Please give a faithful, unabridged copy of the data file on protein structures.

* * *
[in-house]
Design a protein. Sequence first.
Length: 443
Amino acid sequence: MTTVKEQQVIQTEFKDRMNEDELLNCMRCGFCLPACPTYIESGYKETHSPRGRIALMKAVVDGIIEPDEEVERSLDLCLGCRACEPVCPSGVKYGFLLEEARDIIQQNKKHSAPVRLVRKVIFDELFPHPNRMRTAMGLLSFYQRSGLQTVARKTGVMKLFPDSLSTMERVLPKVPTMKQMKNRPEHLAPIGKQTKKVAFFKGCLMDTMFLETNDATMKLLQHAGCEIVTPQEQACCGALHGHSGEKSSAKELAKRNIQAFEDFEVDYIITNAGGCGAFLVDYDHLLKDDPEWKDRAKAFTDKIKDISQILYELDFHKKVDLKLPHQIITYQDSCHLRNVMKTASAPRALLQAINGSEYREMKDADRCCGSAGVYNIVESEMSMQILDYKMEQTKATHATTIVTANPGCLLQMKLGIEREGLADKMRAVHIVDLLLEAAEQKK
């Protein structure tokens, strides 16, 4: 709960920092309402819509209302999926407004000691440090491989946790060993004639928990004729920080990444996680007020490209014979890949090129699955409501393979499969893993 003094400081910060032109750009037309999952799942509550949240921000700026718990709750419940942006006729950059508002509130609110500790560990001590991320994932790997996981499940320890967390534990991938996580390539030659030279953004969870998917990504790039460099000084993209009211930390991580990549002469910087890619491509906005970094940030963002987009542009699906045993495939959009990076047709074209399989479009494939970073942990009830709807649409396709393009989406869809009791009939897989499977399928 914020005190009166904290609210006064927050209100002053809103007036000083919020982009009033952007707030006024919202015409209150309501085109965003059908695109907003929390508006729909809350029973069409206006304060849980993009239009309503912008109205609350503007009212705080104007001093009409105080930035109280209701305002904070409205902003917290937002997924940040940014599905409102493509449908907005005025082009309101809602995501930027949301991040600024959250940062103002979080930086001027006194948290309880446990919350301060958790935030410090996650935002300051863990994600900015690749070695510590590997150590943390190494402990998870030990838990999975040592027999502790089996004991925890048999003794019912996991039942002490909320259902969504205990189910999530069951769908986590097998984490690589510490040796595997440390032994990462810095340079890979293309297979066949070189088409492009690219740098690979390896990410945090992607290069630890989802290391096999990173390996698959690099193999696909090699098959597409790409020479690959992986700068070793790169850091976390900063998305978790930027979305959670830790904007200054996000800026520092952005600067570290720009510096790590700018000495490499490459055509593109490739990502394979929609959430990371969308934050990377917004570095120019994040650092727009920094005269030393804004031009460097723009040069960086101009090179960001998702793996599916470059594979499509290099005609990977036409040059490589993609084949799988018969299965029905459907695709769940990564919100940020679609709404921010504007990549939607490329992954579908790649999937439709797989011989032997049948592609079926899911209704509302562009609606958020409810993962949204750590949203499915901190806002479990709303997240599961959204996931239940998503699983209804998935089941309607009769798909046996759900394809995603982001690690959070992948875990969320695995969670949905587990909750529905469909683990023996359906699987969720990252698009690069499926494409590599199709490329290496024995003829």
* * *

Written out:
[in-house]
Design a protein. Sequence first.
Length: 443
Amino acid sequence: MTTVKEQQVIQTEFKDRMNEDELLNCMRCGFCLPACPTYIESGYKETHSPRGRIALMKAVVDGIIEPDEEVERSLDLCLGCRACEPVCPSGVKYGFLLEEARDIIQQNKKHSAPVRLVRKVIFDELFPHPNRMRTAMGLLSFYQRSGLQTVARKTGVMKLFPDSLSTMERVLPKVPTMKQMKNRPEHLAPIGKQTKKVAFFKGCLMDTMFLETNDATMKLLQHAGCEIVTPQEQACCGALHGHSGEKSSAKELAKRNIQAFEDFEVDYIITNAGGCGAFLVDYDHLLKDDPEWKDRAKAFTDKIKDISQILYELDFHKKVDLKLPHQIITYQDSCHLRNVMKTASAPRALLQAINGSEYREMKDADRCCGSAGVYNIVESEMSMQILDYKMEQTKATHATTIVTANPGCLLQMKLGIEREGLADKMRAVHIVDLLLEAAEQKK
């Protein structure tokens, strides 16, 4: 709960920092309402819509209302999926407004000691440090491989946790060993004639928990004729920080990444996680007020490209014979890949090129699955409501393979499969893993 003094400081910060032109750009037309999952799942509550949240921000700026718990709750419940942006006729950059508002509130609110500790560990001590991320994932790997996981499940320890967390534990991938996580390539030659030279953004969870998917990504790039460099000084993209009211930390991580990549002469910087890619491509906005970094940030963002987009542009699906045993495939959009990076047709074209399989479009494939970073942990009830709807649409396709393009989406869809009791009939897989499977399928 914020005190009166904290609210006064927050209100002053809103007036000083919020982009009033952007707030006024919202015409209150309501085109965003059908695109907003929390508006729909809350029973069409206006304060849980993009239009309503912008109205609350503007009212705080104007001093009409105080930035109280209701305002904070409205902003917290937002997924940040940014599905409102493509449908907005005025082009309101809602995501930027949301991040600024959250940062103002979080930086001027006194948290309880446990919350301060958790935030410090996650935002300051863990994600900015690749070695510590590997150590943390190494402990998870030990838990999975040592027999502790089996004991925890048999003794019912996991039942002490909320259902969504205990189910999530069951769908986590097998984490690589510490040796595997440390032994990462810095340079890979293309297979066949070189088409492009690219740098690979390896990410945090992607290069630890989802290391096999990173390996698959690099193999696909090699098959597409790409020479690959992986700068070793790169850091976390900063998305978790930027979305959670830790904007200054996000800026520092952005600067570290720009510096790590700018000495490499490459055509593109490739990502394979929609959430990371969308934050990377917004570095120019994040650092727009920094005269030393804004031009460097723009040069960086101009090179960001998702793996599916470059594979499509290099005609990977036409040059490589993609084949799988018969299965029905459907695709769940990564919100940020679609709404921010504007990549939607490329992954579908790649999937439709797989011989032997049948592609079926899911209704509302562009609606958020409810993962949204750590949203499915901190806002479990709303997240599961959204996931239940998503699983209804998935089941309607009769798909046996759900394809995603982001690690959070992948875990969320695995969670949905587990909750529905469909683990023996359906699987969720990252698009690069499926494409590599199709490329290496024995003829």